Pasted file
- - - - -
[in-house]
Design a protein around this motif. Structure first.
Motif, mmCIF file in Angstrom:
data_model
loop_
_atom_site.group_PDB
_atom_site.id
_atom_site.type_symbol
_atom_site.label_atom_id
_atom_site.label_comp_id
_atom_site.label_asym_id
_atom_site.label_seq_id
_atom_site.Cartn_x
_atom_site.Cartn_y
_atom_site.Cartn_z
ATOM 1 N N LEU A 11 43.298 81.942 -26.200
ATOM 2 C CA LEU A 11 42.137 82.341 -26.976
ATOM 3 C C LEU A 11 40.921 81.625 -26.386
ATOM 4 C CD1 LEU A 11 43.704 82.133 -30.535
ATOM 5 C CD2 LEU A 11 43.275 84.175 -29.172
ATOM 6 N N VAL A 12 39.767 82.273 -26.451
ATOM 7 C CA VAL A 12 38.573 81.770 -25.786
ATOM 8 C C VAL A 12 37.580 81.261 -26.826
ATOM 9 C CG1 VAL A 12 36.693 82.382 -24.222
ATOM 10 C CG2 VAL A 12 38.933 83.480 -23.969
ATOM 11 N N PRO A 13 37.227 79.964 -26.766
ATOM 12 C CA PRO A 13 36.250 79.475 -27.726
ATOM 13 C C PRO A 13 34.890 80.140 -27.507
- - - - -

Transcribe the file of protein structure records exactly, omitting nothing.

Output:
[in-house]
Design a protein around this motif. Structure first.
Motif, mmCIF file in Angstrom:
data_model
loop_
_atom_site.group_PDB
_atom_site.id
_atom_site.type_symbol
_atom_site.label_atom_id
_atom_site.label_comp_id
_atom_site.label_asym_id
_atom_site.label_seq_id
_atom_site.Cartn_x
_atom_site.Cartn_y
_atom_site.Cartn_z
ATOM 1 N N LEU A 11 43.298 81.942 -26.200
ATOM 2 C CA LEU A 11 42.137 82.341 -26.976
ATOM 3 C C LEU A 11 40.921 81.625 -26.386
ATOM 4 C CD1 LEU A 11 43.704 82.133 -30.535
ATOM 5 C CD2 LEU A 11 43.275 84.175 -29.172
ATOM 6 N N VAL A 12 39.767 82.273 -26.451
ATOM 7 C CA VAL A 12 38.573 81.770 -25.786
ATOM 8 C C VAL A 12 37.580 81.261 -26.826
ATOM 9 C CG1 VAL A 12 36.693 82.382 -24.222
ATOM 10 C CG2 VAL A 12 38.933 83.480 -23.969
ATOM 11 N N PRO A 13 37.227 79.964 -26.766
ATOM 12 C CA PRO A 13 36.250 79.475 -27.726
ATOM 13 C C PRO A 13 34.890 80.140 -27.507